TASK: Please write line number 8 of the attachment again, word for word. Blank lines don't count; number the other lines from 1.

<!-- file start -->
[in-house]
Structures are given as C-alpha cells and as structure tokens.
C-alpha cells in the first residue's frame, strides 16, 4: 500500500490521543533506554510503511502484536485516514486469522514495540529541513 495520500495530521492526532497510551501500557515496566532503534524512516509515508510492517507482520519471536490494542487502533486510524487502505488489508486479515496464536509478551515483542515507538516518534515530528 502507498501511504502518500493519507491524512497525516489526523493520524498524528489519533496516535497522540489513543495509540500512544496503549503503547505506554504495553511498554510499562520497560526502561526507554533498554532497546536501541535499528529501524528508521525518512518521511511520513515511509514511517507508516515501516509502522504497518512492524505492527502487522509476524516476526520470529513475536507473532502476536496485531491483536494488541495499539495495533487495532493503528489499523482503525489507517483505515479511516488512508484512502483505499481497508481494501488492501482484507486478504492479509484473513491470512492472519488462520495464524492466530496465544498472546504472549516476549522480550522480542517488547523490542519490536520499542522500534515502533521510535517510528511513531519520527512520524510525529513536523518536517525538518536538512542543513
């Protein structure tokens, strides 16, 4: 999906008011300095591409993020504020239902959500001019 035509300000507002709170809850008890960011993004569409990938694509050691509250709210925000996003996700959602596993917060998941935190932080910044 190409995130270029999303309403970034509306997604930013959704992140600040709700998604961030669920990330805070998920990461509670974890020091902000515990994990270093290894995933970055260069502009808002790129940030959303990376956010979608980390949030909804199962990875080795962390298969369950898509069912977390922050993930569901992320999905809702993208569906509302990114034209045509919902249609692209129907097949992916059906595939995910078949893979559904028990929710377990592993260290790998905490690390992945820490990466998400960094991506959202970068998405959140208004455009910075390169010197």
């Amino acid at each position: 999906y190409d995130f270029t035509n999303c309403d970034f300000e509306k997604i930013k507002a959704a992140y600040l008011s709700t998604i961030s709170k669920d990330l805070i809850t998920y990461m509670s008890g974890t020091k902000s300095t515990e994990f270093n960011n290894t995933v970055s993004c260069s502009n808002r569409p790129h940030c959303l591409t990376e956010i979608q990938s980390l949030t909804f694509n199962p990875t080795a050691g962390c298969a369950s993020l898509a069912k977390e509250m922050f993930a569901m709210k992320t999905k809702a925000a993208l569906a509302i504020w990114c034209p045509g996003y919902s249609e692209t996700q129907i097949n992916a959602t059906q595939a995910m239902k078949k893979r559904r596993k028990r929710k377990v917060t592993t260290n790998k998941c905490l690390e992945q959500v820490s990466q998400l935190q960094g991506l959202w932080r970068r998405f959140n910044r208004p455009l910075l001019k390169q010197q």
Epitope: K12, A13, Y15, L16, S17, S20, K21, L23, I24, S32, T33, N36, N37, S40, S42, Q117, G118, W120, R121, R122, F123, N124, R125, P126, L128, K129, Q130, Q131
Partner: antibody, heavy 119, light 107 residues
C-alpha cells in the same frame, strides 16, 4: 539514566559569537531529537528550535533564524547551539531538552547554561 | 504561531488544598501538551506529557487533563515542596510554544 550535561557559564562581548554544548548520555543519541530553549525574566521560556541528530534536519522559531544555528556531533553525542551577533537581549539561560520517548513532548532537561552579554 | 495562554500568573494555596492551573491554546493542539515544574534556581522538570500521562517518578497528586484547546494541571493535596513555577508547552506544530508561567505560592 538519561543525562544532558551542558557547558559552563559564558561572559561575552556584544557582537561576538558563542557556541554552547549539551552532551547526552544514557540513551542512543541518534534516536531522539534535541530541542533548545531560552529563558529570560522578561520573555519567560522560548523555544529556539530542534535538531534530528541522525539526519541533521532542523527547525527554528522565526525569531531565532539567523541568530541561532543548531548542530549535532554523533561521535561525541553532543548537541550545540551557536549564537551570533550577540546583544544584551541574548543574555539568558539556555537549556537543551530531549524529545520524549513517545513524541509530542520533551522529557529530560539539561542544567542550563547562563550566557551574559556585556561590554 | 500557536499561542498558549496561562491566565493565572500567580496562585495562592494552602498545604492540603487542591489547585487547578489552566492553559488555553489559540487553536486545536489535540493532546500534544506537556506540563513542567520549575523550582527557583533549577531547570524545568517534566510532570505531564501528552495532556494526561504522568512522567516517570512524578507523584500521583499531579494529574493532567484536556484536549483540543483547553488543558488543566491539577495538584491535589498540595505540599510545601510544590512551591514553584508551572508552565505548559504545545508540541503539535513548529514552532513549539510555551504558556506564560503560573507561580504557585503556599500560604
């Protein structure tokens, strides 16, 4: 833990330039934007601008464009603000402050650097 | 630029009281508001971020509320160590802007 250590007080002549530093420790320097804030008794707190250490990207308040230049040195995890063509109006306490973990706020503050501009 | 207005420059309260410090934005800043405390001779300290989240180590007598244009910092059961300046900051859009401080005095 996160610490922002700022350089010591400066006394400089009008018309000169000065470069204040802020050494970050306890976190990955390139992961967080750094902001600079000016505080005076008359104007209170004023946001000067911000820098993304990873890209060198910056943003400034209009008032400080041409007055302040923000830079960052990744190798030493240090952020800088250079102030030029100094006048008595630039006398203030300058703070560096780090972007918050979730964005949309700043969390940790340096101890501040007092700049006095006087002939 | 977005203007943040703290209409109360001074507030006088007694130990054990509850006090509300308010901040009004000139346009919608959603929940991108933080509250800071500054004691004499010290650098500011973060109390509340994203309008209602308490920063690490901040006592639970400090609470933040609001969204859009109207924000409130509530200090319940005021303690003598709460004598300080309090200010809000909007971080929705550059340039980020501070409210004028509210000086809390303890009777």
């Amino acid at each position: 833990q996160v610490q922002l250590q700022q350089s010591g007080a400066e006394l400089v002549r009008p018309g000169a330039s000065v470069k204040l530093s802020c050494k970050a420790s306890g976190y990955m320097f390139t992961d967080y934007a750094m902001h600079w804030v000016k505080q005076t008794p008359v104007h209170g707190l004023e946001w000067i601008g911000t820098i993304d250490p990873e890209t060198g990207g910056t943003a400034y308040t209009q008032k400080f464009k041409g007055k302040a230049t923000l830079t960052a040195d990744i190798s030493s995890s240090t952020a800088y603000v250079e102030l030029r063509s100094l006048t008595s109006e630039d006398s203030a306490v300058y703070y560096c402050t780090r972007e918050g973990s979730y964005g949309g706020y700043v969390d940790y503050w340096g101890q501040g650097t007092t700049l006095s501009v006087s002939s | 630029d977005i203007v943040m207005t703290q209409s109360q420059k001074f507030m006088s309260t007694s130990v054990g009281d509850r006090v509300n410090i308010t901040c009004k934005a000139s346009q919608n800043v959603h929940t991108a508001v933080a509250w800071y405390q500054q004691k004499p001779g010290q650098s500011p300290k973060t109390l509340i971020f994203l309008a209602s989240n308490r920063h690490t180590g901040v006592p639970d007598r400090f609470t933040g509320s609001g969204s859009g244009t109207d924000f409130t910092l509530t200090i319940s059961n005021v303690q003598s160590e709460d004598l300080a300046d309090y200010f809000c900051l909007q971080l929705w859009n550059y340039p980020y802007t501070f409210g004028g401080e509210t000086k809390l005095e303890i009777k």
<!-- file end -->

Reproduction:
C-alpha cells in the same frame, strides 16, 4: 539514566559569537531529537528550535533564524547551539531538552547554561 | 504561531488544598501538551506529557487533563515542596510554544 550535561557559564562581548554544548548520555543519541530553549525574566521560556541528530534536519522559531544555528556531533553525542551577533537581549539561560520517548513532548532537561552579554 | 495562554500568573494555596492551573491554546493542539515544574534556581522538570500521562517518578497528586484547546494541571493535596513555577508547552506544530508561567505560592 538519561543525562544532558551542558557547558559552563559564558561572559561575552556584544557582537561576538558563542557556541554552547549539551552532551547526552544514557540513551542512543541518534534516536531522539534535541530541542533548545531560552529563558529570560522578561520573555519567560522560548523555544529556539530542534535538531534530528541522525539526519541533521532542523527547525527554528522565526525569531531565532539567523541568530541561532543548531548542530549535532554523533561521535561525541553532543548537541550545540551557536549564537551570533550577540546583544544584551541574548543574555539568558539556555537549556537543551530531549524529545520524549513517545513524541509530542520533551522529557529530560539539561542544567542550563547562563550566557551574559556585556561590554 | 500557536499561542498558549496561562491566565493565572500567580496562585495562592494552602498545604492540603487542591489547585487547578489552566492553559488555553489559540487553536486545536489535540493532546500534544506537556506540563513542567520549575523550582527557583533549577531547570524545568517534566510532570505531564501528552495532556494526561504522568512522567516517570512524578507523584500521583499531579494529574493532567484536556484536549483540543483547553488543558488543566491539577495538584491535589498540595505540599510545601510544590512551591514553584508551572508552565505548559504545545508540541503539535513548529514552532513549539510555551504558556506564560503560573507561580504557585503556599500560604